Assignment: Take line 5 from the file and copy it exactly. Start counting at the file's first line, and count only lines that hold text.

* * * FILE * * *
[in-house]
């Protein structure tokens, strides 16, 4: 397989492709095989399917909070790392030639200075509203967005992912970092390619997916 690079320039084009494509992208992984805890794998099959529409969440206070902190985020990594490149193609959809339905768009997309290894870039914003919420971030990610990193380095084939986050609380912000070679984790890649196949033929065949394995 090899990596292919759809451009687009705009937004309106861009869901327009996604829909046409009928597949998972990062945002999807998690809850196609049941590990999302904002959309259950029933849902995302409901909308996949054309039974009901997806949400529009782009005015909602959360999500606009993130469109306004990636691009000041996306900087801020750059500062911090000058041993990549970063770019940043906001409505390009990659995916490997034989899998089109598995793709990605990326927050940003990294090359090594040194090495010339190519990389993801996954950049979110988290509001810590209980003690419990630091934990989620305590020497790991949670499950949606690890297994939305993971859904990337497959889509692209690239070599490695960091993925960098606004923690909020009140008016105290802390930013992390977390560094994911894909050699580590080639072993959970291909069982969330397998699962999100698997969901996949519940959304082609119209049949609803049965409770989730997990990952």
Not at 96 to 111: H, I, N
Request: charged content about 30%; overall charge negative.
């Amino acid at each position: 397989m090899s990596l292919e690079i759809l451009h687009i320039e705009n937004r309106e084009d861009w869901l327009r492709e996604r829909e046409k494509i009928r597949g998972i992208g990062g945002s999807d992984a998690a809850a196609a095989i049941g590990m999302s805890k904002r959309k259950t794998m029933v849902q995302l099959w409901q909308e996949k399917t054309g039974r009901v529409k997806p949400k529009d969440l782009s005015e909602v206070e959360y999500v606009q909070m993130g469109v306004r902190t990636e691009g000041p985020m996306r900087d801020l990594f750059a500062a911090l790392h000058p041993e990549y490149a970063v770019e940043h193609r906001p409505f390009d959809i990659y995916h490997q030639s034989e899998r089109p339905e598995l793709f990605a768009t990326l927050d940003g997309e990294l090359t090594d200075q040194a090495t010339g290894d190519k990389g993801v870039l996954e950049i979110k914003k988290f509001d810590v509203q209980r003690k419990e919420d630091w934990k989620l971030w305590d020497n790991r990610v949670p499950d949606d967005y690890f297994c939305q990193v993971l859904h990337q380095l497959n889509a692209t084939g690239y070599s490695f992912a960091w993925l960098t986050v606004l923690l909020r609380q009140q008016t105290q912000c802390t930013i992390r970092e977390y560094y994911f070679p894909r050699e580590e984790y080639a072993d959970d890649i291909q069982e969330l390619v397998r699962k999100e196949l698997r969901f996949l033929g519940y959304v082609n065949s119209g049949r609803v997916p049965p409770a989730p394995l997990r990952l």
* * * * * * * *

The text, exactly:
């Amino acid at each position: 397989m090899s990596l292919e690079i759809l451009h687009i320039e705009n937004r309106e084009d861009w869901l327009r492709e996604r829909e046409k494509i009928r597949g998972i992208g990062g945002s999807d992984a998690a809850a196609a095989i049941g590990m999302s805890k904002r959309k259950t794998m029933v849902q995302l099959w409901q909308e996949k399917t054309g039974r009901v529409k997806p949400k529009d969440l782009s005015e909602v206070e959360y999500v606009q909070m993130g469109v306004r902190t990636e691009g000041p985020m996306r900087d801020l990594f750059a500062a911090l790392h000058p041993e990549y490149a970063v770019e940043h193609r906001p409505f390009d959809i990659y995916h490997q030639s034989e899998r089109p339905e598995l793709f990605a768009t990326l927050d940003g997309e990294l090359t090594d200075q040194a090495t010339g290894d190519k990389g993801v870039l996954e950049i979110k914003k988290f509001d810590v509203q209980r003690k419990e919420d630091w934990k989620l971030w305590d020497n790991r990610v949670p499950d949606d967005y690890f297994c939305q990193v993971l859904h990337q380095l497959n889509a692209t084939g690239y070599s490695f992912a960091w993925l960098t986050v606004l923690l909020r609380q009140q008016t105290q912000c802390t930013i992390r970092e977390y560094y994911f070679p894909r050699e580590e984790y080639a072993d959970d890649i291909q069982e969330l390619v397998r699962k999100e196949l698997r969901f996949l033929g519940y959304v082609n065949s119209g049949r609803v997916p049965p409770a989730p394995l997990r990952l």